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Andrew Shader Explains How the Age of a Home Can Affect Renovations

Age can help to give a home character and personality. However, as a home ages, you may find it needs more renovations than it ever did before. Additionally, a home’s age can determine which types of renovations are even possible while maintaining the structural integrity of the home. That’s why Andrew Shader thinks you should pay special attention to the age of any potential real estate investment.

Depending on where you reside, the home you’re living in now was likely built somewhere between 1960 and 2000. A home that was built well is more likely to age well, but that doesn’t mean your home will never need renovations.

Emergencies can occur, which means you may not always be able to foresee the fix-ups your home will need. However, as long as you make room for repairs and upgrades in your budget, home renovations don’t need to break the bank.

Let’s take a look at a few renovation-related characteristics of homes depending on how old they are now and what you can expect as a homeowner.

Andrew Shader

Homes that Are 60 Years Old or More

Homes built in 1960 or before make up about a quarter of all homes. In general, the most needed service in a home of this age is electrical repairs and updates, with plumbing and HVAC repairs following closely behind.

Additionally, when it comes to upgrading the exterior of a home built in 1960 or before, roof replacements are the most common need, followed by window and skylight replacements.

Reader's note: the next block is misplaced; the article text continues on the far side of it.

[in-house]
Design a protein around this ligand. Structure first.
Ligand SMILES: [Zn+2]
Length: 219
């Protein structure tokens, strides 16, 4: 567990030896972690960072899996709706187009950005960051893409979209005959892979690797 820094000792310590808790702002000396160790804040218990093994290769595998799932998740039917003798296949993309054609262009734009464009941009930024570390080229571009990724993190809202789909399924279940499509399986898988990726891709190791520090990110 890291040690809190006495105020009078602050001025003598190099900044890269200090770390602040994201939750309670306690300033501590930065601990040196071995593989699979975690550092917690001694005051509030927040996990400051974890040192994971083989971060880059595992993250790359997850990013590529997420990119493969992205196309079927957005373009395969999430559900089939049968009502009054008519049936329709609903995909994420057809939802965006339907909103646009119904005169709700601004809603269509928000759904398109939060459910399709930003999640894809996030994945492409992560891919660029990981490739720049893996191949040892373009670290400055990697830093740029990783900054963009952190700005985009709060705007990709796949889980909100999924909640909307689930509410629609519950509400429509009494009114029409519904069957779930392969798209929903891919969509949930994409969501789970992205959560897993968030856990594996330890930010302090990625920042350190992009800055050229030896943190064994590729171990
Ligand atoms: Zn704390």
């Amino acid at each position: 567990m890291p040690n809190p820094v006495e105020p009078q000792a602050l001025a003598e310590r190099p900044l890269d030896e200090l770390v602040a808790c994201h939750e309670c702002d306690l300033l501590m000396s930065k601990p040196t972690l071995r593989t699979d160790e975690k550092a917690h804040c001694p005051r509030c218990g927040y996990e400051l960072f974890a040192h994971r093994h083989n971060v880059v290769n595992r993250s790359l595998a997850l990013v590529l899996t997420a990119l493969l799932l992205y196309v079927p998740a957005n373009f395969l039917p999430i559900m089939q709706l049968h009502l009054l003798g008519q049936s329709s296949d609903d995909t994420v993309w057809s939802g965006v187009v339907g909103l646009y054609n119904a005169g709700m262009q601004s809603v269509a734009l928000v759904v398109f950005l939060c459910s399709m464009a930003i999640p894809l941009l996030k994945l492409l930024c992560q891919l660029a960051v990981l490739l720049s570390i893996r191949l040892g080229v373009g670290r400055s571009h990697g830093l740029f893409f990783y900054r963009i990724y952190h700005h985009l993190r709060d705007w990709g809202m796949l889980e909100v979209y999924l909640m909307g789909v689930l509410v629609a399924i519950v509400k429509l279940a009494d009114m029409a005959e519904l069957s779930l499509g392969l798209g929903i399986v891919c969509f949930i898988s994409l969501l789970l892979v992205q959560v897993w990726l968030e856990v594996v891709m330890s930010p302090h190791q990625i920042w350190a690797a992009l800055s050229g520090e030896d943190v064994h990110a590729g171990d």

Homes that Are 40-60 Years Old

Between 1961 and 1980, fewer homes were built in the U.S. than in previous generations. In fact, homes built during this period make up only 21% of all homes today.

When it comes to interior upgrades, homes of this age most often need kitchen and/or bathroom renovations before they need living room or bedroom updates. Plumbing is the most common need when it comes to updating an entire system in a home of this age.

Homes that are 20-40 Years Old

Homes built between 1981 and 2000 make up the largest percentage of today’s homes at 29%. Like the generations that preceded it, the homes of this time were primarily single-family detached homes, though it was more likely to see a new home of 2,000 to 3,000 or even up to 4,000 square feet than it was to see one under 2,000 square feet in size.

The most common home renovations needed on properties of this age are plumbing system upgrades, roof replacements, kitchen and bathroom upgrades, and exterior lighting repairs.

Homes that Are 20 Years Old or Less

Homes built in 2001 or later make up 25% of all homes and tend to be larger than 2,000 square feet, much like the homes built in the generation prior. Unlike previous generations, however, home security and automation upgrades are a more common expense than HVAC or plumbing updates.

Advice from Andrew Shader 

Based in Fort Lauderdale, Andrew Shader is proud to be a top real estate professional in his area, helping his clients to optimize their property’s value for sale. His proven strategies have led to property value increases of 60% or more.